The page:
CBS Asks Les Moonves to Step Down Due to Sexual Harassment Allegations
Moonves and CBS will donate $20 million to organizations supporting the #MeToo movement and equality for women in the workplace.
Moonves is out and Ianniello is in, said CBS in a September 9 news release. CBS chairman, president and CEO Leslie Moonves has been asked by the CBS board to step down amidst sexual harassment allegations against him. Effective yesterday, chief operating officer Joseph Ianniello will serve as president and acting CEO while the board conducts a search for a permanent replacement. Until a permanent CEO has been found, the board chairman position will remain vacant. Moonves has been married to personality Julie Chen of The Talk and Big Brother fame for 14 years.
According to the news release, Moonves and CBS will donate $20 million to one or more organizations supporting the #MeToo movement and equality for women in the workplace. The donation will be deducted from Moonves’ severance pay. Except for accrued and vested benefits, Moonves will not receive any severance compensation until the board’s independent investigation into the allegations has been completed. In conjunction with Moonves’ removal from the CBS board, six directors have stepped down, and CBS has elected six new independent directors to the board, Candace Beinecke, Barbara Byrne, Brian Goldner, Richard D. Parsons, Susan Schuman and Strauss Zelnick.
“CBS is an organization of talented and dedicated people who have created one of the most successful media companies in the world. Today’s resolution will benefit all shareholders, allowing us to focus on the business of running CBS – and transforming it for the future,” said Shari Redstone, board vice chair, in Sunday’s announcement. “We are confident in Joe’s ability to serve as acting CEO and delighted to welcome our new directors, who bring valuable and diverse expertise and a strong commitment to corporate governance.”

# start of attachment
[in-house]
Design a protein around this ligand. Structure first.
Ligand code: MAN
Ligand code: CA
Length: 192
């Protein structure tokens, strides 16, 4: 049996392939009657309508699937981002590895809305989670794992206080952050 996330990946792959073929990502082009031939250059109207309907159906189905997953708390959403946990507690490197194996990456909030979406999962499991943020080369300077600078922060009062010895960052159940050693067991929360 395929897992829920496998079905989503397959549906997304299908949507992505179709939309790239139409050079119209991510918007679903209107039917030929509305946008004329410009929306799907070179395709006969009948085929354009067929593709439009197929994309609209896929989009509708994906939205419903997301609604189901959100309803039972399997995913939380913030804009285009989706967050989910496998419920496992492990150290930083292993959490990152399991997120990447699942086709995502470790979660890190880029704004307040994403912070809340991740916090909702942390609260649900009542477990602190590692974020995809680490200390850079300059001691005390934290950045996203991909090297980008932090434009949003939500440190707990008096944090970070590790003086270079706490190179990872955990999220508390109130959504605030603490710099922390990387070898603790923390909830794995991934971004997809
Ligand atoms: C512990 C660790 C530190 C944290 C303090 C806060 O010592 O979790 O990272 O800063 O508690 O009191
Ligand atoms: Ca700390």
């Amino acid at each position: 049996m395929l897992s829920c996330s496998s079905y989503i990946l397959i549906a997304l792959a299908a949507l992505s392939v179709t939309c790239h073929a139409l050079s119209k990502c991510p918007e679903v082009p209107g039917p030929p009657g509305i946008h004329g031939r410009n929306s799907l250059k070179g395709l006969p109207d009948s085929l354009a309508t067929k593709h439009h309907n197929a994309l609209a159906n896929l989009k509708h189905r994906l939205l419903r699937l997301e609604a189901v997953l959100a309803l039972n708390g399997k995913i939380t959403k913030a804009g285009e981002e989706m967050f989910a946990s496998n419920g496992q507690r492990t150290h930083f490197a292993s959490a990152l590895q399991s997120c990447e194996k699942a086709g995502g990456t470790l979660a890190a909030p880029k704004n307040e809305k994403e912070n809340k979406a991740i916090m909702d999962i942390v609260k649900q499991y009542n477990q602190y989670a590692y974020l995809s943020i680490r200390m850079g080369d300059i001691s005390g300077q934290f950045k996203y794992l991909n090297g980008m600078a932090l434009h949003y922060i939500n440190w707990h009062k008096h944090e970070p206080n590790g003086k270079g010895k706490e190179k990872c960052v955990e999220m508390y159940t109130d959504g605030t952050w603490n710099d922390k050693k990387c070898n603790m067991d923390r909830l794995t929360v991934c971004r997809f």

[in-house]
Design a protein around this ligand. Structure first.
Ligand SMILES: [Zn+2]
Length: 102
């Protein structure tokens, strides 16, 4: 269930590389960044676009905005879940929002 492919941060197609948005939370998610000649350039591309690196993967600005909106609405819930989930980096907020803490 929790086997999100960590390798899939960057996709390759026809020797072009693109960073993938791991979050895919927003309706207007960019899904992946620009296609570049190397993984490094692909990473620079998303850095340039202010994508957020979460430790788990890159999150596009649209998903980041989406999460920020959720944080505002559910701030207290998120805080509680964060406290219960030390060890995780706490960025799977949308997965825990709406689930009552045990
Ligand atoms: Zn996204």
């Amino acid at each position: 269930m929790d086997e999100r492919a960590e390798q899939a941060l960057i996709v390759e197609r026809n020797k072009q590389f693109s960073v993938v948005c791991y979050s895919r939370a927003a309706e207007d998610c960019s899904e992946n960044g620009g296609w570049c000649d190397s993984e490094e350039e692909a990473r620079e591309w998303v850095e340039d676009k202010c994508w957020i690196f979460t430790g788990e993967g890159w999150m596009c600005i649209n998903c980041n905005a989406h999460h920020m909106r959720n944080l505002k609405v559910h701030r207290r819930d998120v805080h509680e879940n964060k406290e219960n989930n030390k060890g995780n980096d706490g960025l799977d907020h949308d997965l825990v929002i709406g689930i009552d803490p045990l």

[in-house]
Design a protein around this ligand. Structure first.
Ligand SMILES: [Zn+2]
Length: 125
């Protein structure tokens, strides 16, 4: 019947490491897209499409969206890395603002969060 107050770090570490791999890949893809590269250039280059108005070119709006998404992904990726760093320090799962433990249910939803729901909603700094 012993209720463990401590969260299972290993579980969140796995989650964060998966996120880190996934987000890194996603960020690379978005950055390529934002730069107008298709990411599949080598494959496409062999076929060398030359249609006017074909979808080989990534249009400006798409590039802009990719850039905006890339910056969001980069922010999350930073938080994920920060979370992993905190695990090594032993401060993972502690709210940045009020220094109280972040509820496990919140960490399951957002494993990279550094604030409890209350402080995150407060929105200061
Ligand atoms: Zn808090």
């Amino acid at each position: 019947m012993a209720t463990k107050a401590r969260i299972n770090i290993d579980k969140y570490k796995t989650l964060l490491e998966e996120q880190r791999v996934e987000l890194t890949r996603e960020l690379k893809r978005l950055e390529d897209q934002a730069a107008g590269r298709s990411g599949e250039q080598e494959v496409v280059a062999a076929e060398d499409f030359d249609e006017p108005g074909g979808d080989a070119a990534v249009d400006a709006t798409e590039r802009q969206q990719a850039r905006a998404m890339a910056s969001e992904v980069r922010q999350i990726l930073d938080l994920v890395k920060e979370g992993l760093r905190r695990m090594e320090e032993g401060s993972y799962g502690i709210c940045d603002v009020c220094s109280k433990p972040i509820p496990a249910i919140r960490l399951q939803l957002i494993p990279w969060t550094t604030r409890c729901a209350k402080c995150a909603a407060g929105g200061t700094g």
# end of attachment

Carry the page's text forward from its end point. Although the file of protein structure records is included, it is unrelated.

With CBS since 1997, Ianniello has been CBS’ chief operating officer since 2013. He was responsible for strategy across all lines of business, and oversaw the monetization of content across platforms, including the network’s streaming services, CBS All Access and Showtime OTT. Prior to his role as COO, Ianniello was the company’s chief financial officer from 2009 to 2013. He has a bachelor’s degree in business administration from Pace University and an MBA from Columbia University.
Director Bruce Gordon commented on the changes: ““We thank Les for his 24 years of service. Among his achievements, he established a strong management team, giving us great confidence as we accelerate our succession plans and provide continuity of leadership. This agreement maintains an independent Board that is charged with determining the best course for the future of CBS on behalf of all shareholders.”
When the allegations were first disclosed this summer, CBS stock dipped slightly from $57.53 per share on July 26 to $51.28 on July 30. Since then, stock has rebounded and does not seem to be dramatically impacted by Sunday’s news. On Friday, September 7, CBS stock closed at $56.06 per share. As of 7:35 p.m. EDT yesterday, CBS stock was valued at $55.20 per share. This could change once the independent investigation is complete, particularly if the allegations are found to be true.